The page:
JASON RANTZ

Seattle pays $3,500 to settle one of two public meeting lawsuits

Mar 5, 2019, 3:12 PM | Updated: 5:40 pm
Seattle city council upzoning MHA...
(Seattle Channel)
(Seattle Channel)

The City of Seattle is paying $3,500 to settle one of two lawsuits alleging the City Council violated public meetings laws when it repealed its controversial head tax.

RELATED: Seattle head tax 101

The City Council was accused by James Egan of violating the Open Public Meetings Act when it called a special meeting to recall the head tax in June 2018 — one month after it passed — The Seattle Times reports. Egan hired Seattle lawyer Lincoln Beauregard to pursue the case.

“The most egregious evidence we found was that Councilmember Lorena Gonzalez actually kept secret tally sheets,” Beauregard told KTTH’s Jason Rantz. “The law says you can’t keep secret votes, but she literally had secret tally sheets she used to count votes, and she had to admit under oath that they used them regularly.”

By settling the case, the city is not admitting to any wrongdoing. City Attorney Pete Holmes told the Times that the council did not violate any rules. One other case involving similar allegations is still active and is slated for a June hearing.

The $3,500 settlement — that the city will pay for itself — is divided among a a pair $500 fines levied against Councilmembers Mike O’Brien and Sally Bagshaw, and $2,500 for five $500 violations attributed to Gonzalez.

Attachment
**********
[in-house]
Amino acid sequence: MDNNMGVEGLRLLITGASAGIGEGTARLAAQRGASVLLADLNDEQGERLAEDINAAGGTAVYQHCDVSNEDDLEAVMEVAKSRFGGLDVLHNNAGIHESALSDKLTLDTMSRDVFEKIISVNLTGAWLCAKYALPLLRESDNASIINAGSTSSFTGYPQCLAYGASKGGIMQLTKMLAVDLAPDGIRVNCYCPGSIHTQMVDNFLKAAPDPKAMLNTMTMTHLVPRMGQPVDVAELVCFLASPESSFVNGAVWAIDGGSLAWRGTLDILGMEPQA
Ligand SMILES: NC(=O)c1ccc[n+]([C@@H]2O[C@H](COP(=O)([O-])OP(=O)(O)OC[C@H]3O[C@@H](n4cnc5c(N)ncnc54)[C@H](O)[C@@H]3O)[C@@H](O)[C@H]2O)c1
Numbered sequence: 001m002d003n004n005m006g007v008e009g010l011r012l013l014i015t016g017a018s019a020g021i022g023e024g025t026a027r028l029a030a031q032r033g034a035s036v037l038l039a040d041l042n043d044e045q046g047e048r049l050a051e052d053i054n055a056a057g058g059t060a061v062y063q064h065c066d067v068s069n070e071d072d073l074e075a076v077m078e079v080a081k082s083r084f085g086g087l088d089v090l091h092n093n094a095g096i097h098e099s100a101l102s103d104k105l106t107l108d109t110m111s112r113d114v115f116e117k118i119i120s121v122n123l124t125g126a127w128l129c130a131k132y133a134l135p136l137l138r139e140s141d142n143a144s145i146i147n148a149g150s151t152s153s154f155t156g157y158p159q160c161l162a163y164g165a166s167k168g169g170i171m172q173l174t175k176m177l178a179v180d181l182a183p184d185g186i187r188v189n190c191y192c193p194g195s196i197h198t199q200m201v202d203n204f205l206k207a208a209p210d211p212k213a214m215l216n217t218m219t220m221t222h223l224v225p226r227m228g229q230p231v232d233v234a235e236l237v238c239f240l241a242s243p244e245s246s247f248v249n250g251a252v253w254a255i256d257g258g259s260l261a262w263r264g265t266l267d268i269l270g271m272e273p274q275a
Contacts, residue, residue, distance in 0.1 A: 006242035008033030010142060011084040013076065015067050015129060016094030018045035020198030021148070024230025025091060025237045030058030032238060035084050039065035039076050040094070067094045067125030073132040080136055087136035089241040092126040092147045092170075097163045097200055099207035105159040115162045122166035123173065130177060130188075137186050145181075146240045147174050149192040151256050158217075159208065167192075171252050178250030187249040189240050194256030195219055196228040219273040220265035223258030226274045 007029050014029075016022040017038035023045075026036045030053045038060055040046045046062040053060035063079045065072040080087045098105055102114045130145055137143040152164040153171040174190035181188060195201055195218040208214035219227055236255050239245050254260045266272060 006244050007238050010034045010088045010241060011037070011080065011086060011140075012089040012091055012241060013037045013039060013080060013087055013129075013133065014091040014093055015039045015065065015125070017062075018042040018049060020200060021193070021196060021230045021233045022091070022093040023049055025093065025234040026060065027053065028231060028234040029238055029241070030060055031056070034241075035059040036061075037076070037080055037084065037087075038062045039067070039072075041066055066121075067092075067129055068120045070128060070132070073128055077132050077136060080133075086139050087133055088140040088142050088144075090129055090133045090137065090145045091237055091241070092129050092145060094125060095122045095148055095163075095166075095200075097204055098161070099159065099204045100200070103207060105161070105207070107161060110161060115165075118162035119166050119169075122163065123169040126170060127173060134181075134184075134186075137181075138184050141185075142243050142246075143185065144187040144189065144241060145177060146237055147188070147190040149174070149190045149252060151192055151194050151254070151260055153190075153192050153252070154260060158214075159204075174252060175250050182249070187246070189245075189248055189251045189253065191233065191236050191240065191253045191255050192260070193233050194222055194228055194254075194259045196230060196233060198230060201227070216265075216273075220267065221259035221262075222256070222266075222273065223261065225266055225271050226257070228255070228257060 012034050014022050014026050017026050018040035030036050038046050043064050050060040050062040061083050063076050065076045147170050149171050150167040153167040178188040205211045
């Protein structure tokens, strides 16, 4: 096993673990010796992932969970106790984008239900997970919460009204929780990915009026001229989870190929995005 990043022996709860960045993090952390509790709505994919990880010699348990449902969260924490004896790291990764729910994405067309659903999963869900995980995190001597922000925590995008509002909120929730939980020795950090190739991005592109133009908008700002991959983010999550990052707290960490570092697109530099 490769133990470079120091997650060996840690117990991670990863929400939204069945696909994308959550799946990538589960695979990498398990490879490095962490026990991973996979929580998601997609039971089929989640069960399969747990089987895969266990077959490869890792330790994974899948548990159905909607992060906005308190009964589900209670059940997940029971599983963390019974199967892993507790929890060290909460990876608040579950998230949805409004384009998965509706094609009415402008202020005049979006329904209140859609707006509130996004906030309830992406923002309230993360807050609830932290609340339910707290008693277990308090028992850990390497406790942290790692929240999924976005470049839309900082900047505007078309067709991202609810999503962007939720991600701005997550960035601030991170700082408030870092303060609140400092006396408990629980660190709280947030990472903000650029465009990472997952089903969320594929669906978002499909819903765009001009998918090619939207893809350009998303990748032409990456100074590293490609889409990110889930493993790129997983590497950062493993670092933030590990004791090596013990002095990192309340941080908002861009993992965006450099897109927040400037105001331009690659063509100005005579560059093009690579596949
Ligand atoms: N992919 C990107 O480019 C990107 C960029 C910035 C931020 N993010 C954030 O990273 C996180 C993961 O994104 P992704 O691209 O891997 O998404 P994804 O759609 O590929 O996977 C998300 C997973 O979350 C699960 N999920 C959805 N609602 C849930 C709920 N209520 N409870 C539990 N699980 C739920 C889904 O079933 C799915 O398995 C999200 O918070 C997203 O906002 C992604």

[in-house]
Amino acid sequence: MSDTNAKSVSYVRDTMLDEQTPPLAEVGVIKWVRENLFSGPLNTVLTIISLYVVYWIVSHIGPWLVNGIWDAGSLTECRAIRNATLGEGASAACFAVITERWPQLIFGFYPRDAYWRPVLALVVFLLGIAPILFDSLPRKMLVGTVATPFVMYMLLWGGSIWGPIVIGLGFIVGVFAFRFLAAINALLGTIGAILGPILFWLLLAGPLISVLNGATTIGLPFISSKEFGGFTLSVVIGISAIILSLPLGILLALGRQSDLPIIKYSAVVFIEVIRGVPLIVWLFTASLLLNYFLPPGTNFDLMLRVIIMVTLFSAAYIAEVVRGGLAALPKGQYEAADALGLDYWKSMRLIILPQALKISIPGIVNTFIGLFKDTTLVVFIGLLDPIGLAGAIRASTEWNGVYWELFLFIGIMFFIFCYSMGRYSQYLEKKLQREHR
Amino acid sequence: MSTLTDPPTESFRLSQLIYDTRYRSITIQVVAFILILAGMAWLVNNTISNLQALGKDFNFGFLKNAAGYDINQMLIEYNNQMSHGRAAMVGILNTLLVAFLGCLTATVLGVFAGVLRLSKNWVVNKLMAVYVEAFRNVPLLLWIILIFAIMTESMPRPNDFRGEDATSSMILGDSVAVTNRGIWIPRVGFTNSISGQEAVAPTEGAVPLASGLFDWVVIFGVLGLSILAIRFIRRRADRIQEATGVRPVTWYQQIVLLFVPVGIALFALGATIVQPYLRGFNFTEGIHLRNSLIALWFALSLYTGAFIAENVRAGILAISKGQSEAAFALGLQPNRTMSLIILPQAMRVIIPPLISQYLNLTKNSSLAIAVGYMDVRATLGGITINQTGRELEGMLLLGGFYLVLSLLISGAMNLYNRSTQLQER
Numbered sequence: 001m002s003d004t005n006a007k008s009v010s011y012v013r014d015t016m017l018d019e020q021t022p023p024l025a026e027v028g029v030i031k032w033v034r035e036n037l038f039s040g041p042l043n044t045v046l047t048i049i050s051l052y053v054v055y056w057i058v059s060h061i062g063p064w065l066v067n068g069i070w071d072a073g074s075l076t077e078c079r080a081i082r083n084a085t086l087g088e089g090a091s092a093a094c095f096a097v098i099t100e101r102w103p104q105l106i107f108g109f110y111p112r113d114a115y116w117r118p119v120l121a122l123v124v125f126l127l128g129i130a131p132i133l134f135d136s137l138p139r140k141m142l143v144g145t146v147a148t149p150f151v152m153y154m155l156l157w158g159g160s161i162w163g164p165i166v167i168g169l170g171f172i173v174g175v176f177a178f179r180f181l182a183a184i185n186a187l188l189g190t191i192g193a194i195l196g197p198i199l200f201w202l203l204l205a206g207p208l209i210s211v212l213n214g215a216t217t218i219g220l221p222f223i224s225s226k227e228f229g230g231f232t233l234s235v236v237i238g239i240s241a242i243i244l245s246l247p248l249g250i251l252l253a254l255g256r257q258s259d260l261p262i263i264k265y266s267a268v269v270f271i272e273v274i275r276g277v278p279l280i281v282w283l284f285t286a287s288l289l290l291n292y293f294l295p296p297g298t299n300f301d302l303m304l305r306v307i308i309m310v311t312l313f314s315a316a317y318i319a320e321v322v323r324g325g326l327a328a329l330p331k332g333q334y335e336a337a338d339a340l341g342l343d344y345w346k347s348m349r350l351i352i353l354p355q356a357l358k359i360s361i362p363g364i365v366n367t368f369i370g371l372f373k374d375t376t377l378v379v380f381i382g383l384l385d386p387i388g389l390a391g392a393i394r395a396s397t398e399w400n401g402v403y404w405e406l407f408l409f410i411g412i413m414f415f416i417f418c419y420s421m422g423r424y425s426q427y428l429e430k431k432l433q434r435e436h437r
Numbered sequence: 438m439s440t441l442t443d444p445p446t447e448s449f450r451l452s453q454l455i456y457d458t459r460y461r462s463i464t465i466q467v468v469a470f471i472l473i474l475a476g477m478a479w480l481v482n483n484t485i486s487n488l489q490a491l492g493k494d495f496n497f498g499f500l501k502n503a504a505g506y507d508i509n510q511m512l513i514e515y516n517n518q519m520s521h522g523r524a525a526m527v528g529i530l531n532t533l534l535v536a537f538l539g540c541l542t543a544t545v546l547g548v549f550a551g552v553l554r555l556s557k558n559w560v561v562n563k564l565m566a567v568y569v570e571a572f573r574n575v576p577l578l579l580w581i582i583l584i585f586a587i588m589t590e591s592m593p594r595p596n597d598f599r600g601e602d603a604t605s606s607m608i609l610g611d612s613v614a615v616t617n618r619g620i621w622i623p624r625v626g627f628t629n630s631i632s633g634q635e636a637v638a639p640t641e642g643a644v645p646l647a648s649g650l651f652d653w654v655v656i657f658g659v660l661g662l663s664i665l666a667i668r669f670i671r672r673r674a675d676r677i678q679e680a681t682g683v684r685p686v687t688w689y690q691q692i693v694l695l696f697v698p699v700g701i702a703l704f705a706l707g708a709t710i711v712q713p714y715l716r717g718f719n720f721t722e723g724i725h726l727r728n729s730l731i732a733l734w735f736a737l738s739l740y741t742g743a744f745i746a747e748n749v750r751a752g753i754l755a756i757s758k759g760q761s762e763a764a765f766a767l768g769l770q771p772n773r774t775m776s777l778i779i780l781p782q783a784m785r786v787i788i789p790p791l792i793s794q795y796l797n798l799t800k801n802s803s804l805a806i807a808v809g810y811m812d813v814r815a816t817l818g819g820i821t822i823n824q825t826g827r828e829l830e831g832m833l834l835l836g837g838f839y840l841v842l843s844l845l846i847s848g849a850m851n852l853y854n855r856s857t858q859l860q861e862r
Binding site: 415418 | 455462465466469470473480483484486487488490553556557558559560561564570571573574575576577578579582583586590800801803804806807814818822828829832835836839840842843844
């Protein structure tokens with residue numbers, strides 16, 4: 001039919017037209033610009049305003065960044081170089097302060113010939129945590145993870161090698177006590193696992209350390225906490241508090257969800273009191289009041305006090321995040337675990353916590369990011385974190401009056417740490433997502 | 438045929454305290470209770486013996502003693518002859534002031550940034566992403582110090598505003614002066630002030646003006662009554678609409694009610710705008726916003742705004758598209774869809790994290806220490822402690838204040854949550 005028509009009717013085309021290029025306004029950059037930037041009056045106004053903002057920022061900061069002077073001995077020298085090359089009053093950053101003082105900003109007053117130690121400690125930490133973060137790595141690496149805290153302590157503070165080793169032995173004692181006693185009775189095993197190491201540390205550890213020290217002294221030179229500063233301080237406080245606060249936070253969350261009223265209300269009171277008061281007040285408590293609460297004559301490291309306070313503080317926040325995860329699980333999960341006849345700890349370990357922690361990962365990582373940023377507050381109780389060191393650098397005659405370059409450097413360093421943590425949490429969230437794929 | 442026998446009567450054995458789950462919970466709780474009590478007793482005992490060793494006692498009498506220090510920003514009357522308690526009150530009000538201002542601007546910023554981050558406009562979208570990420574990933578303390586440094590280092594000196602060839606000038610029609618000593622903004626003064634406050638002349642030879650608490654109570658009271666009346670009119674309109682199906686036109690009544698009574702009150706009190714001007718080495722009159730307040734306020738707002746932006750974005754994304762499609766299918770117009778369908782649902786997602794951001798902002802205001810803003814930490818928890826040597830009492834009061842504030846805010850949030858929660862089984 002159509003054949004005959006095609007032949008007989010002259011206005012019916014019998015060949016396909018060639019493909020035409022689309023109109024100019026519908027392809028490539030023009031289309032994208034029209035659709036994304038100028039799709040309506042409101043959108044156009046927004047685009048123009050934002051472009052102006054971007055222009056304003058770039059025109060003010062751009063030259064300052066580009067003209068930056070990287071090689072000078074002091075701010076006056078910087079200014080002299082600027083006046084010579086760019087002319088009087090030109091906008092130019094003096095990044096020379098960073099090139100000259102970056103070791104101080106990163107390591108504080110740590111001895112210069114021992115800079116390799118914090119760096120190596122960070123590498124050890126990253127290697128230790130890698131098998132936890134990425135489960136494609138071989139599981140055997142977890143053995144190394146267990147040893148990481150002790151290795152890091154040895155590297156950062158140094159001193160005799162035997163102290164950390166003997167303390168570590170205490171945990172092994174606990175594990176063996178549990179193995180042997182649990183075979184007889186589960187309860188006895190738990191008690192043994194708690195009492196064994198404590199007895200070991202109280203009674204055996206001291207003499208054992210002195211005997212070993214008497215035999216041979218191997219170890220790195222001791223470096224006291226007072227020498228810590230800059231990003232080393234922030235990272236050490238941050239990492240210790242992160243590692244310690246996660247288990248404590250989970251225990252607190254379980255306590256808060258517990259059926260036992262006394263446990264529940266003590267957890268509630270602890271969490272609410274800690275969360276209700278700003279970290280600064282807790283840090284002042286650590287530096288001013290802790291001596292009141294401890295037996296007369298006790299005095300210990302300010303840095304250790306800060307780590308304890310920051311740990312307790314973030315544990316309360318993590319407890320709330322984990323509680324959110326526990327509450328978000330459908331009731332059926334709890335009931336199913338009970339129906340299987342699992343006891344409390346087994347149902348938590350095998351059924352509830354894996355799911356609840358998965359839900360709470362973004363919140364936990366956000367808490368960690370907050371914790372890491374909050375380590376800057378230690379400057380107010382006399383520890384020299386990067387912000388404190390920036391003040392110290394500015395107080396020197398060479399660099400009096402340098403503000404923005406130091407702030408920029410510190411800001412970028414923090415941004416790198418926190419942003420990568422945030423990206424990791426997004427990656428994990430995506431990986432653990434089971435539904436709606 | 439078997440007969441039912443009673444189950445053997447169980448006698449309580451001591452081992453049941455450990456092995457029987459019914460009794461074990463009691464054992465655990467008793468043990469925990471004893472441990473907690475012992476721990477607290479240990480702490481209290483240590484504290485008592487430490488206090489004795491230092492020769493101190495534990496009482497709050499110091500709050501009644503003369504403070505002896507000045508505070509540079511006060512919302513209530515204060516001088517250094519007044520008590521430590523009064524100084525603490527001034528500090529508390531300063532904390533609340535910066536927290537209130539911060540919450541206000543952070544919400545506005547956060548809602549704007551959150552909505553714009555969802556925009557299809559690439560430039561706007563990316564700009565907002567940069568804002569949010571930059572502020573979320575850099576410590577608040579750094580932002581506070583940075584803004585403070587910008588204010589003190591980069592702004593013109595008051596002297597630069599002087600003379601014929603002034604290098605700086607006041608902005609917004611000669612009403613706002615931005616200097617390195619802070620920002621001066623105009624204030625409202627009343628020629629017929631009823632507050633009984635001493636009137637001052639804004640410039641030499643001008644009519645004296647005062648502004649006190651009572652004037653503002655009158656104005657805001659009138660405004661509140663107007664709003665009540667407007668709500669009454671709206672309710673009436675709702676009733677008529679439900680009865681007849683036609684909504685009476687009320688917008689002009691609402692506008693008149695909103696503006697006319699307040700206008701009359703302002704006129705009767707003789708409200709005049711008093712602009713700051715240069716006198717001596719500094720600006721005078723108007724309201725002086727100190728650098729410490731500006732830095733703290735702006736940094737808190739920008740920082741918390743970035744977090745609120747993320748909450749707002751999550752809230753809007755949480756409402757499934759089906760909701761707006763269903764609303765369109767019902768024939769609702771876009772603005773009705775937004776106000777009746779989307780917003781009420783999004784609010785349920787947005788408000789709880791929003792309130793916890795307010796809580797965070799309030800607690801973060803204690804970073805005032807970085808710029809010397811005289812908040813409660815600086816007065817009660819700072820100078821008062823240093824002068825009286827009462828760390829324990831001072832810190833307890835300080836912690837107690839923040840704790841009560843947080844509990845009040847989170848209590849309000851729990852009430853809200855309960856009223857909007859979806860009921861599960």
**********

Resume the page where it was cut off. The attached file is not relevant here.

As for why Beauregard chose to settle rather than go to trial, he cited a need to not have taxpayers foot the bill for what could have been an even larger payout.

“Mr. Egan and I never took this on to make money, and since we’ve already accomplished the goal of getting the truth out, we decided it’s time for them to pay the fines, make sure the public hears the truth one last time, and move on,” he said.

As part of of the settlement, the city agrees to advise council members to not use private tally sheets. Part of what led Egan to sue are text message exchanges he says he obtained. Those text messages implied that council members were tallying up votes ahead of public meetings to see if legislation would pass or not.

This was evident before the head tax repeal when Deputy Mayor Shefali Ranganathan reportedly texted Councilmember Rob Johnson to inform him that Councilmembers Lorena González, Debora Juarez, Sally Bagshaw, Mike O’Brien, and Lisa Herbold were voting to repeal the head tax mere days ahead of the meeting.

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Seattle pays $3,500 to settle one of two public meeting lawsuits